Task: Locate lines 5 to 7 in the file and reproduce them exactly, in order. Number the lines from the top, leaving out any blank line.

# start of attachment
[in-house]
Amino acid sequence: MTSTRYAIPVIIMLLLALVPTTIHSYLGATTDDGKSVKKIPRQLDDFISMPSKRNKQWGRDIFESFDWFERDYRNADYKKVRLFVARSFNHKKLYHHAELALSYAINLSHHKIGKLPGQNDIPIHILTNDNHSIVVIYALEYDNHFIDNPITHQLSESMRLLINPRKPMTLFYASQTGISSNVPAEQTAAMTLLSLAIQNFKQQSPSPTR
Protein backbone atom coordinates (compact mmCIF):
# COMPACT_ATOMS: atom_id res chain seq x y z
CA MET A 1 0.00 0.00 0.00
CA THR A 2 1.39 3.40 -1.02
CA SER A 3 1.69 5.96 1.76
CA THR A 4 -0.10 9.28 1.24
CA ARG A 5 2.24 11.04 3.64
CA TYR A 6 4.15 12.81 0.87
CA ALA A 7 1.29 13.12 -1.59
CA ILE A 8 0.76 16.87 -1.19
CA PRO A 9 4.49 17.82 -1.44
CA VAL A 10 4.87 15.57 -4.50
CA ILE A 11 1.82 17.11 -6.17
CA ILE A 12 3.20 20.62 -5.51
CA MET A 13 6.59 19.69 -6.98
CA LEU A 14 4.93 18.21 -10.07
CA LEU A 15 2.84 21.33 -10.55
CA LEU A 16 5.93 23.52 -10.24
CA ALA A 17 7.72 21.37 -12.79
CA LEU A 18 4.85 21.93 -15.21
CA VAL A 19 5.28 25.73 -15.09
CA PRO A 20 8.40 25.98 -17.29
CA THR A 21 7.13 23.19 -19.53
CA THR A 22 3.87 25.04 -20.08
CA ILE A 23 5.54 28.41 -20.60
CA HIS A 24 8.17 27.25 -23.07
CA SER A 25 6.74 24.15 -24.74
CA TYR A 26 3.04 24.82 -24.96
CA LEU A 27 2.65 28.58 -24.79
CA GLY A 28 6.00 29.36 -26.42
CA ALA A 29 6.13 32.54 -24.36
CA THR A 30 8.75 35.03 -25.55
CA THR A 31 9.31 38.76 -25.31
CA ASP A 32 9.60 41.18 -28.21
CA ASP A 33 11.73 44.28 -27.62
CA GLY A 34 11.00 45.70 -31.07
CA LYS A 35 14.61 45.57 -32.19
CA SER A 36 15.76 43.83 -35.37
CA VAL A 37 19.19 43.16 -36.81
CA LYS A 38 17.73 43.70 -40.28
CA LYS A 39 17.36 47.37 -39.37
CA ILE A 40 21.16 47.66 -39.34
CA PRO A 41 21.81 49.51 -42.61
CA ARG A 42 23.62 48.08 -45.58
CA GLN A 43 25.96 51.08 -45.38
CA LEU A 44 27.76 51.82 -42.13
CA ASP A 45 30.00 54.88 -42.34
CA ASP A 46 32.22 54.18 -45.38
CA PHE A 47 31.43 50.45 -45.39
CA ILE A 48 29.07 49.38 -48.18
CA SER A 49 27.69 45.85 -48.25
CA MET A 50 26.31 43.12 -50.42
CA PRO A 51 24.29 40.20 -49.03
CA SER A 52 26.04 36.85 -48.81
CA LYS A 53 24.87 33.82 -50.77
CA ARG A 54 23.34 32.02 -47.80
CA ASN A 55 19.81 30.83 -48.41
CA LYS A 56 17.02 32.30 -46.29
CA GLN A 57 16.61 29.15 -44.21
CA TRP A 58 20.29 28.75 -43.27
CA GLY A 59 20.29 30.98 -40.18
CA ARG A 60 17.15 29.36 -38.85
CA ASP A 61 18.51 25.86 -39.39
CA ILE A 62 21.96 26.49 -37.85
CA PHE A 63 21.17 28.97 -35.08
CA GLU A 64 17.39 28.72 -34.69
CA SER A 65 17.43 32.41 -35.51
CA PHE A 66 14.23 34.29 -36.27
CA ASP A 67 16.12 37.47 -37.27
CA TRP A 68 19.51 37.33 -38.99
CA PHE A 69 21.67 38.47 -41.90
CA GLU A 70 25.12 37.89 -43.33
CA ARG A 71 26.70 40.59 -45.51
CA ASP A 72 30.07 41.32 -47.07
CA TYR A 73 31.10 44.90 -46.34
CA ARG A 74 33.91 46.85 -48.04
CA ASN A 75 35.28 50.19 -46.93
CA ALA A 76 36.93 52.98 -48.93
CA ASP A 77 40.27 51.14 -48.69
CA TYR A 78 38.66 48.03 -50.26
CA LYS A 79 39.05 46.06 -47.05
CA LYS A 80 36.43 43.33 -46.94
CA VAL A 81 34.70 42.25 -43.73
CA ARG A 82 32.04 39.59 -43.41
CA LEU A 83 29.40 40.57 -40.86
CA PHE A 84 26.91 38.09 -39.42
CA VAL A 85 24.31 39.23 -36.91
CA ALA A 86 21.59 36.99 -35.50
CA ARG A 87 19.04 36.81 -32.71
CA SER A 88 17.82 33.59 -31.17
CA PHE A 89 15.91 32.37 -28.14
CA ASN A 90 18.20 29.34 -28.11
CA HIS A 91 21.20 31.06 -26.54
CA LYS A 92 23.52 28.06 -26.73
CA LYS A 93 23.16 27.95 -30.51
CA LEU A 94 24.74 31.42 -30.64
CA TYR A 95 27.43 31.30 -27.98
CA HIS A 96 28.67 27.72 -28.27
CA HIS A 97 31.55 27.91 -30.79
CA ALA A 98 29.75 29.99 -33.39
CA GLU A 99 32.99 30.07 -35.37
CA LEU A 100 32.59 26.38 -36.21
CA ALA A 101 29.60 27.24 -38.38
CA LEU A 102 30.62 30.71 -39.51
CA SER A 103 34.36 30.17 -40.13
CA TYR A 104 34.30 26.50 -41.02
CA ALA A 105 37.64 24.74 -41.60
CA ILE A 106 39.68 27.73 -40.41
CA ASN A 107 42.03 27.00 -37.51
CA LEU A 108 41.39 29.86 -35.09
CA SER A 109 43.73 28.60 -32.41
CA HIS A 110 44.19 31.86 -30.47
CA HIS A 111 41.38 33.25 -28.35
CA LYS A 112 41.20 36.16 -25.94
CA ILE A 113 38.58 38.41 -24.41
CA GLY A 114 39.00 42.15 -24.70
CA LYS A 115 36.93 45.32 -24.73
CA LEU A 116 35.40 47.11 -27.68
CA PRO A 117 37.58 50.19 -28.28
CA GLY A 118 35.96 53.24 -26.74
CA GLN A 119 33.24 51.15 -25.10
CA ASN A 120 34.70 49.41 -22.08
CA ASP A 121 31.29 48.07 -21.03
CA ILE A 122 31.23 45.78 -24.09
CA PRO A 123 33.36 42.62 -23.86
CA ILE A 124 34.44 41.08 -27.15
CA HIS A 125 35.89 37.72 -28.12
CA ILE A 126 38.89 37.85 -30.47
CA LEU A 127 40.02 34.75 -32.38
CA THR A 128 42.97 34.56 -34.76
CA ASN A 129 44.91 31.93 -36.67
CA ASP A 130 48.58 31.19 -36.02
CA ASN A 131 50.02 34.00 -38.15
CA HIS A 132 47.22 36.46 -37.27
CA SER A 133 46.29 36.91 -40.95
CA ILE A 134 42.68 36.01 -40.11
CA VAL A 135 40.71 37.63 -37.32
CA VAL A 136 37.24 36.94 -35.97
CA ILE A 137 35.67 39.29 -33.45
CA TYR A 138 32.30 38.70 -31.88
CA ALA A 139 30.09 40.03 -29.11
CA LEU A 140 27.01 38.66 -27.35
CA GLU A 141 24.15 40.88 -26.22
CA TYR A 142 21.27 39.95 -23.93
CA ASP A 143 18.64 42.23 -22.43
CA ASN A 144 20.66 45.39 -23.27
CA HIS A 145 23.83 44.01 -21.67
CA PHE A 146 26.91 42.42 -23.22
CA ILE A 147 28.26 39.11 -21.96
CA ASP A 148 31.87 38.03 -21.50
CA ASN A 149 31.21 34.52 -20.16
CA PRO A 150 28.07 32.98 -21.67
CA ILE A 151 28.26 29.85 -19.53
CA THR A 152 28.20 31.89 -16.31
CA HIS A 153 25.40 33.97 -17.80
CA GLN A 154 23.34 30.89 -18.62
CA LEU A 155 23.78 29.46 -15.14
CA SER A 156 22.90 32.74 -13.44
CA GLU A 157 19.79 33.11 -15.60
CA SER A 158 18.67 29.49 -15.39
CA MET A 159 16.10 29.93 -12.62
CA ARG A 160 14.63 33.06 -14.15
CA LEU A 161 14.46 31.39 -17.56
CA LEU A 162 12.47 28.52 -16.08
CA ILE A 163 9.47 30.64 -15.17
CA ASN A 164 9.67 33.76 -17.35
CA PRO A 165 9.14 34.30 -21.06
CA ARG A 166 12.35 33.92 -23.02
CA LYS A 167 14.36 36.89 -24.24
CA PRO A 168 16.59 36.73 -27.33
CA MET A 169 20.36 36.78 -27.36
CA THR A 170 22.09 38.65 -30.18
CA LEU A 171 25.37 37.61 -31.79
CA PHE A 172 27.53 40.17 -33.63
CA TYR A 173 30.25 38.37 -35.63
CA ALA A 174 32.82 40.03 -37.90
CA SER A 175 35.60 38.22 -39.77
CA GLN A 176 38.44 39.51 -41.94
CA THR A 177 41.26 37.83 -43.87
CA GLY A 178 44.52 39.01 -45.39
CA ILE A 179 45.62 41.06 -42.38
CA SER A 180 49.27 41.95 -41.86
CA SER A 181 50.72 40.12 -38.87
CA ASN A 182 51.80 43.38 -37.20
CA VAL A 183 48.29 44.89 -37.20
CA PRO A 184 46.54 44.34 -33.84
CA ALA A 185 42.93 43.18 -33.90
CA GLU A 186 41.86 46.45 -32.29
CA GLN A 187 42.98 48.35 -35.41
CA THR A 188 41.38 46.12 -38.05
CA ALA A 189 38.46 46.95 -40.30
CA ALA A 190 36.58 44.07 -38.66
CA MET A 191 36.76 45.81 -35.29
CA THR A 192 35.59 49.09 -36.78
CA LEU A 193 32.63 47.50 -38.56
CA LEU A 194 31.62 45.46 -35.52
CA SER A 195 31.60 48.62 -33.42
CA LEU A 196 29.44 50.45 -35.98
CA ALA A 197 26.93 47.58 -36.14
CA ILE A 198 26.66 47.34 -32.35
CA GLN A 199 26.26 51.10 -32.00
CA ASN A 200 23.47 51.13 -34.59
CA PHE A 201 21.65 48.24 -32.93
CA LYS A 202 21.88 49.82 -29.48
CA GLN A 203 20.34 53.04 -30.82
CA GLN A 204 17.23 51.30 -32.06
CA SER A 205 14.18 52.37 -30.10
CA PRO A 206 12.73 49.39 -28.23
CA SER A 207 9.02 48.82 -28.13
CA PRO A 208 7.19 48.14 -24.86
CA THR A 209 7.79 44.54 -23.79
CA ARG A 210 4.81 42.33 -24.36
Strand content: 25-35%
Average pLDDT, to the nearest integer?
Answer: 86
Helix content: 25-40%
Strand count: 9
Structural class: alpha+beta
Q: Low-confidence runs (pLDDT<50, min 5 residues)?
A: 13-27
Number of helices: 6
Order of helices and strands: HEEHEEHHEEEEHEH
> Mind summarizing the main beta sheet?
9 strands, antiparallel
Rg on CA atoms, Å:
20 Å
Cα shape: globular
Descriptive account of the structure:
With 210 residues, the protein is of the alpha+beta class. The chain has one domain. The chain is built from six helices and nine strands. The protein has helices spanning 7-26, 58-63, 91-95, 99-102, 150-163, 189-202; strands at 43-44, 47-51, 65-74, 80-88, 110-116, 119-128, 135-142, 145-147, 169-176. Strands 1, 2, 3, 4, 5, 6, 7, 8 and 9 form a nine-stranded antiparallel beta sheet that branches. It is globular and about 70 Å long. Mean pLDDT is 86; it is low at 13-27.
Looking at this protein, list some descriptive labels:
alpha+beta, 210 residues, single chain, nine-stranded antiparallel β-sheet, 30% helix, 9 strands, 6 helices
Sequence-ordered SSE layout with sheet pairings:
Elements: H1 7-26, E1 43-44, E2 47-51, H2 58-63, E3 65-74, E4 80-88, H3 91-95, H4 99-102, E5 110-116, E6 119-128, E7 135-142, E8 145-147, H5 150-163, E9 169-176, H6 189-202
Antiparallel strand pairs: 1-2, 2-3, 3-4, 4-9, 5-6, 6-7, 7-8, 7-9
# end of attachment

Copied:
CA MET A 1 0.00 0.00 0.00
CA THR A 2 1.39 3.40 -1.02
CA SER A 3 1.69 5.96 1.76